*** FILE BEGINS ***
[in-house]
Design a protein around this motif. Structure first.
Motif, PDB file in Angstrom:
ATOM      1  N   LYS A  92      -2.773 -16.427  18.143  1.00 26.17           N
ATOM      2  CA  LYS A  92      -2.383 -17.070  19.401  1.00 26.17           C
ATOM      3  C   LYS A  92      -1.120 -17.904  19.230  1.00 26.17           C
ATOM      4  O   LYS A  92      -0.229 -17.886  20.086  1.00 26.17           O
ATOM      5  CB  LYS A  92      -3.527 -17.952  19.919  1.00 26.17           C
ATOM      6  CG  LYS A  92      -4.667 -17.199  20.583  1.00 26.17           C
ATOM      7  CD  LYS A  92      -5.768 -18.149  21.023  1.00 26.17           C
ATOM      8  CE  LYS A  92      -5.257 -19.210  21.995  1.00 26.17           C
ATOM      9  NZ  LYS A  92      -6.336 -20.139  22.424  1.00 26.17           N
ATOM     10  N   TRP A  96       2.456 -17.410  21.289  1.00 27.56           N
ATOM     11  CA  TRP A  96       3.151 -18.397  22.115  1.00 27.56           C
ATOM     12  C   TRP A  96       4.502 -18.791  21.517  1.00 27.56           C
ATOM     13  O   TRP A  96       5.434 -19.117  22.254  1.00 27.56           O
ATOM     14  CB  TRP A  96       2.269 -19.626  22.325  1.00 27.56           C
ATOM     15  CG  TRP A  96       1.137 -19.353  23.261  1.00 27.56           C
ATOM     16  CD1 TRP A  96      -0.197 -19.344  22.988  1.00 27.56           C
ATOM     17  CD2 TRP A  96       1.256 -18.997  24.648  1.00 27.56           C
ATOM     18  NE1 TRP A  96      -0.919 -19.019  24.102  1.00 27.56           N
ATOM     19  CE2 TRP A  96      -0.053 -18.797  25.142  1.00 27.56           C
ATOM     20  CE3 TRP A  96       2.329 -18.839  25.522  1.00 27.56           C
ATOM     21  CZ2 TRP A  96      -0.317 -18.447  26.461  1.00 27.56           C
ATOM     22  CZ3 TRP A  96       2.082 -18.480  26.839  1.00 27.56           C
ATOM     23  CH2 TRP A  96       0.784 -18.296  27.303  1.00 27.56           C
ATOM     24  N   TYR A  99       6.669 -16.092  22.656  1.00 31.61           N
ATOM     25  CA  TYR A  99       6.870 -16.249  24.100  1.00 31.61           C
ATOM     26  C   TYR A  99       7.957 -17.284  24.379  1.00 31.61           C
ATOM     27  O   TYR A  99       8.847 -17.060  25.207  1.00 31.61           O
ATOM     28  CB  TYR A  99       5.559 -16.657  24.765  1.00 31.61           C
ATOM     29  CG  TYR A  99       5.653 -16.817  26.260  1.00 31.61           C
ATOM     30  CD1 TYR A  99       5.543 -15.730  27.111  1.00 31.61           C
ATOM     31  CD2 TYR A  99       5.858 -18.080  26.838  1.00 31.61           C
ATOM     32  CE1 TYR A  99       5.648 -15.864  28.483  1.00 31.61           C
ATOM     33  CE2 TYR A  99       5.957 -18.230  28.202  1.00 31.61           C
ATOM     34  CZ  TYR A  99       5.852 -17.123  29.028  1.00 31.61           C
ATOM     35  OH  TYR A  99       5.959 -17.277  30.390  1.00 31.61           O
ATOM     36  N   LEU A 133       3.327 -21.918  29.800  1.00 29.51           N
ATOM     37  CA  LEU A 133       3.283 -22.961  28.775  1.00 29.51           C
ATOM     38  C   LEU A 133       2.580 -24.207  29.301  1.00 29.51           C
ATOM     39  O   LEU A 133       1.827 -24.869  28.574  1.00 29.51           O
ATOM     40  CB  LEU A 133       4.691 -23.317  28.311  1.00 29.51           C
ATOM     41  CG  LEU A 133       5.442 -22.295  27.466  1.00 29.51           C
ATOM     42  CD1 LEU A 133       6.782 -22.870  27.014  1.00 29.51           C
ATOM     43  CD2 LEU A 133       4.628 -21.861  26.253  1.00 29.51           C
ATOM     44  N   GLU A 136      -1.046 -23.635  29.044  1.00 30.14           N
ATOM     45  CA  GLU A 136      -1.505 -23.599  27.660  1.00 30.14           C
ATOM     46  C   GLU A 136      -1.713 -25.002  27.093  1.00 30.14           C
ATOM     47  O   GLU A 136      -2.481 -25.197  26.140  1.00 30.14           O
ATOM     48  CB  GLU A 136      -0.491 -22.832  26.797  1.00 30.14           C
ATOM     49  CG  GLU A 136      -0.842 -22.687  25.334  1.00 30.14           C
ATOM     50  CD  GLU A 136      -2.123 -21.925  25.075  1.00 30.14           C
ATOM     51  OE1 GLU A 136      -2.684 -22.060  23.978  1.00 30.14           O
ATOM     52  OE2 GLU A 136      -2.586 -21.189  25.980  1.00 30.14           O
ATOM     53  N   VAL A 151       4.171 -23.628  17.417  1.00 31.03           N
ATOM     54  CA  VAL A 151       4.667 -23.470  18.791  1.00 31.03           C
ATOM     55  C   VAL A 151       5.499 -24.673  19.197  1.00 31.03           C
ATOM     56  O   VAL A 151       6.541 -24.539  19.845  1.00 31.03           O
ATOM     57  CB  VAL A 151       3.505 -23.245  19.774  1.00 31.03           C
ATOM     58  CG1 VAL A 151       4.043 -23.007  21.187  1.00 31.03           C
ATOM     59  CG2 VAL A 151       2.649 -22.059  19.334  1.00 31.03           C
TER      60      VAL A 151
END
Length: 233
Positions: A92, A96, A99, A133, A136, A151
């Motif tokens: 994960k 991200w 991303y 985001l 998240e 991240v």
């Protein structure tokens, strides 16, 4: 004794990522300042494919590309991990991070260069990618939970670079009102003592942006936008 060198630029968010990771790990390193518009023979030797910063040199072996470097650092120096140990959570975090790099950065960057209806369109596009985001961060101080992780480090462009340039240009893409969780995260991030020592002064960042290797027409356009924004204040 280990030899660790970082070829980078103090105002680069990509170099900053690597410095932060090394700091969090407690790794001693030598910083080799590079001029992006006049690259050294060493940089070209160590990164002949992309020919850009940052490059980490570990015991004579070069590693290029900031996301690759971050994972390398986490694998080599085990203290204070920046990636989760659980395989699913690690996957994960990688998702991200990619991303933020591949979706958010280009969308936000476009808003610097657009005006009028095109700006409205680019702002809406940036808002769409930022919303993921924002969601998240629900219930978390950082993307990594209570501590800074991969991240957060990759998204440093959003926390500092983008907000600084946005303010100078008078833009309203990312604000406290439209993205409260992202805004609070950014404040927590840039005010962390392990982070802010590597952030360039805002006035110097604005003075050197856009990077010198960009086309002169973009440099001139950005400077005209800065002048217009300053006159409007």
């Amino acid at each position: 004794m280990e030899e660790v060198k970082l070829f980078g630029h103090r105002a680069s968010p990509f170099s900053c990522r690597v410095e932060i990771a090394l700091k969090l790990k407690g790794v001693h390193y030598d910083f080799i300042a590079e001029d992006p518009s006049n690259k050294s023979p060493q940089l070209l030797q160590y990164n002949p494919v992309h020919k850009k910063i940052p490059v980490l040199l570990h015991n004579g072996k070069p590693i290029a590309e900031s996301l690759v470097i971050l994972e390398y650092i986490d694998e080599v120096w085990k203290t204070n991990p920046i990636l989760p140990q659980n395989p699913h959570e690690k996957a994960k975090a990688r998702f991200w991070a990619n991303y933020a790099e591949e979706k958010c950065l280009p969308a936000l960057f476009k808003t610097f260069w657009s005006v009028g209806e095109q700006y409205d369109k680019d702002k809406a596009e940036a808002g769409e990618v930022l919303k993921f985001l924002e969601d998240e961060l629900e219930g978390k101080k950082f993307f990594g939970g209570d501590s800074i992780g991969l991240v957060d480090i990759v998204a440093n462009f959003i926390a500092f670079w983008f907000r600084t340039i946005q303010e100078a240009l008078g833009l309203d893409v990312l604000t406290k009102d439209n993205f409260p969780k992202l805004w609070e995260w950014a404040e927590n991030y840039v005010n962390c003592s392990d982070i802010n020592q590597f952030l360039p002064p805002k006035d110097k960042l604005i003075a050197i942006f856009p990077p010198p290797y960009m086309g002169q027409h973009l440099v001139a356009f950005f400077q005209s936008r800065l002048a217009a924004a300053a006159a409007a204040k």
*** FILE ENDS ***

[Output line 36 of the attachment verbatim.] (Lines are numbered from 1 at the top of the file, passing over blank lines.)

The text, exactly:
ATOM     33  CE2 TYR A  99       5.957 -18.230  28.202  1.00 31.61           C